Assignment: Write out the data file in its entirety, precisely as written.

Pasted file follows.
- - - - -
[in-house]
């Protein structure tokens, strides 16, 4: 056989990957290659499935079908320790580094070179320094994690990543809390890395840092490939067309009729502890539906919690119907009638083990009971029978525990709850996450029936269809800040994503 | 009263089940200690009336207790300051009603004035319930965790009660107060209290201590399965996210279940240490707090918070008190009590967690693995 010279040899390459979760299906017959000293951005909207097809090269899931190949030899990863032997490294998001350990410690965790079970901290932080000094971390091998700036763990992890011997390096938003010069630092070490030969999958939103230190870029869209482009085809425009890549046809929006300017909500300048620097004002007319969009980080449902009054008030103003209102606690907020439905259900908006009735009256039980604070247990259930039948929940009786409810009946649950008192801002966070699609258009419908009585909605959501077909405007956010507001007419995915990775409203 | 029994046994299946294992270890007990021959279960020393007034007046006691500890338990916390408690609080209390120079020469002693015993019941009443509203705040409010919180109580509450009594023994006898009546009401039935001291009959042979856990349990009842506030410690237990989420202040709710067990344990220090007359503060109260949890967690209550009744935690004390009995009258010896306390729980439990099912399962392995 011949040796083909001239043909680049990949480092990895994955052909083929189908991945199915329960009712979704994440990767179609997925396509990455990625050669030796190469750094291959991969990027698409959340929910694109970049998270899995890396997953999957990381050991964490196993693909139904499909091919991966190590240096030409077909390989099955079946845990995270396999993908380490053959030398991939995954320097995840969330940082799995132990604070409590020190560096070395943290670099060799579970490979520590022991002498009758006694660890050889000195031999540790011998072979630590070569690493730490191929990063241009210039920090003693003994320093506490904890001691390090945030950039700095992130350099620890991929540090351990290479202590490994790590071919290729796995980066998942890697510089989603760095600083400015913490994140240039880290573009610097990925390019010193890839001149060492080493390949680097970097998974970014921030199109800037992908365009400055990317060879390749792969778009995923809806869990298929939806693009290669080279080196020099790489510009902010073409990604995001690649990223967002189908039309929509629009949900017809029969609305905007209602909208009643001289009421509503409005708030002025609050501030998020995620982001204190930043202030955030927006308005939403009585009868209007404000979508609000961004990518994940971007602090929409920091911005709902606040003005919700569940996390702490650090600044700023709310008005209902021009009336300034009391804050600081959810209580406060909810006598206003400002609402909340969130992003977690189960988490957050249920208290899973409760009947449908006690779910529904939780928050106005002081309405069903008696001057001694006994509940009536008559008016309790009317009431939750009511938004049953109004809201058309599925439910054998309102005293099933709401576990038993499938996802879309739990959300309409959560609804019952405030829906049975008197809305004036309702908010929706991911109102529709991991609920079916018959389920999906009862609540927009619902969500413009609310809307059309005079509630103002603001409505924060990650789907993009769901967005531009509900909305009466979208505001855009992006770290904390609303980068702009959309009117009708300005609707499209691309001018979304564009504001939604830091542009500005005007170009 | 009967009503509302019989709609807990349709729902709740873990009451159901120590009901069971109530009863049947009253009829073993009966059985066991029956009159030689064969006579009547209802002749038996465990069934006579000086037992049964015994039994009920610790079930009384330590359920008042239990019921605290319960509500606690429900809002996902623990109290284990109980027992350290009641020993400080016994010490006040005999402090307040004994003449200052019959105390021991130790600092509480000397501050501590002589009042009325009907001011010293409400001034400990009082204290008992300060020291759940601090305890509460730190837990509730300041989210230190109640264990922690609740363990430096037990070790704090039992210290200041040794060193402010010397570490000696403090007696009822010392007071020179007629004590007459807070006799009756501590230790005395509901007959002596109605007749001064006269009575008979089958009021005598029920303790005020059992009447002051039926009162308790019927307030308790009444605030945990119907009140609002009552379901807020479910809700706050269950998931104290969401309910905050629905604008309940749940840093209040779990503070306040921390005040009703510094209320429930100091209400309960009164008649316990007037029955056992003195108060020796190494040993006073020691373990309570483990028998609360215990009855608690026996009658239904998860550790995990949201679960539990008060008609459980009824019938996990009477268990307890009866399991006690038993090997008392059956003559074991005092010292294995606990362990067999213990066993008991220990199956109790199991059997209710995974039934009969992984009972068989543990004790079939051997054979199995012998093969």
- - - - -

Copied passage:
[in-house]
């Protein structure tokens, strides 16, 4: 056989990957290659499935079908320790580094070179320094994690990543809390890395840092490939067309009729502890539906919690119907009638083990009971029978525990709850996450029936269809800040994503 | 009263089940200690009336207790300051009603004035319930965790009660107060209290201590399965996210279940240490707090918070008190009590967690693995 010279040899390459979760299906017959000293951005909207097809090269899931190949030899990863032997490294998001350990410690965790079970901290932080000094971390091998700036763990992890011997390096938003010069630092070490030969999958939103230190870029869209482009085809425009890549046809929006300017909500300048620097004002007319969009980080449902009054008030103003209102606690907020439905259900908006009735009256039980604070247990259930039948929940009786409810009946649950008192801002966070699609258009419908009585909605959501077909405007956010507001007419995915990775409203 | 029994046994299946294992270890007990021959279960020393007034007046006691500890338990916390408690609080209390120079020469002693015993019941009443509203705040409010919180109580509450009594023994006898009546009401039935001291009959042979856990349990009842506030410690237990989420202040709710067990344990220090007359503060109260949890967690209550009744935690004390009995009258010896306390729980439990099912399962392995 011949040796083909001239043909680049990949480092990895994955052909083929189908991945199915329960009712979704994440990767179609997925396509990455990625050669030796190469750094291959991969990027698409959340929910694109970049998270899995890396997953999957990381050991964490196993693909139904499909091919991966190590240096030409077909390989099955079946845990995270396999993908380490053959030398991939995954320097995840969330940082799995132990604070409590020190560096070395943290670099060799579970490979520590022991002498009758006694660890050889000195031999540790011998072979630590070569690493730490191929990063241009210039920090003693003994320093506490904890001691390090945030950039700095992130350099620890991929540090351990290479202590490994790590071919290729796995980066998942890697510089989603760095600083400015913490994140240039880290573009610097990925390019010193890839001149060492080493390949680097970097998974970014921030199109800037992908365009400055990317060879390749792969778009995923809806869990298929939806693009290669080279080196020099790489510009902010073409990604995001690649990223967002189908039309929509629009949900017809029969609305905007209602909208009643001289009421509503409005708030002025609050501030998020995620982001204190930043202030955030927006308005939403009585009868209007404000979508609000961004990518994940971007602090929409920091911005709902606040003005919700569940996390702490650090600044700023709310008005209902021009009336300034009391804050600081959810209580406060909810006598206003400002609402909340969130992003977690189960988490957050249920208290899973409760009947449908006690779910529904939780928050106005002081309405069903008696001057001694006994509940009536008559008016309790009317009431939750009511938004049953109004809201058309599925439910054998309102005293099933709401576990038993499938996802879309739990959300309409959560609804019952405030829906049975008197809305004036309702908010929706991911109102529709991991609920079916018959389920999906009862609540927009619902969500413009609310809307059309005079509630103002603001409505924060990650789907993009769901967005531009509900909305009466979208505001855009992006770290904390609303980068702009959309009117009708300005609707499209691309001018979304564009504001939604830091542009500005005007170009 | 009967009503509302019989709609807990349709729902709740873990009451159901120590009901069971109530009863049947009253009829073993009966059985066991029956009159030689064969006579009547209802002749038996465990069934006579000086037992049964015994039994009920610790079930009384330590359920008042239990019921605290319960509500606690429900809002996902623990109290284990109980027992350290009641020993400080016994010490006040005999402090307040004994003449200052019959105390021991130790600092509480000397501050501590002589009042009325009907001011010293409400001034400990009082204290008992300060020291759940601090305890509460730190837990509730300041989210230190109640264990922690609740363990430096037990070790704090039992210290200041040794060193402010010397570490000696403090007696009822010392007071020179007629004590007459807070006799009756501590230790005395509901007959002596109605007749001064006269009575008979089958009021005598029920303790005020059992009447002051039926009162308790019927307030308790009444605030945990119907009140609002009552379901807020479910809700706050269950998931104290969401309910905050629905604008309940749940840093209040779990503070306040921390005040009703510094209320429930100091209400309960009164008649316990007037029955056992003195108060020796190494040993006073020691373990309570483990028998609360215990009855608690026996009658239904998860550790995990949201679960539990008060008609459980009824019938996990009477268990307890009866399991006690038993090997008392059956003559074991005092010292294995606990362990067999213990066993008991220990199956109790199991059997209710995974039934009969992984009972068989543990004790079939051997054979199995012998093969």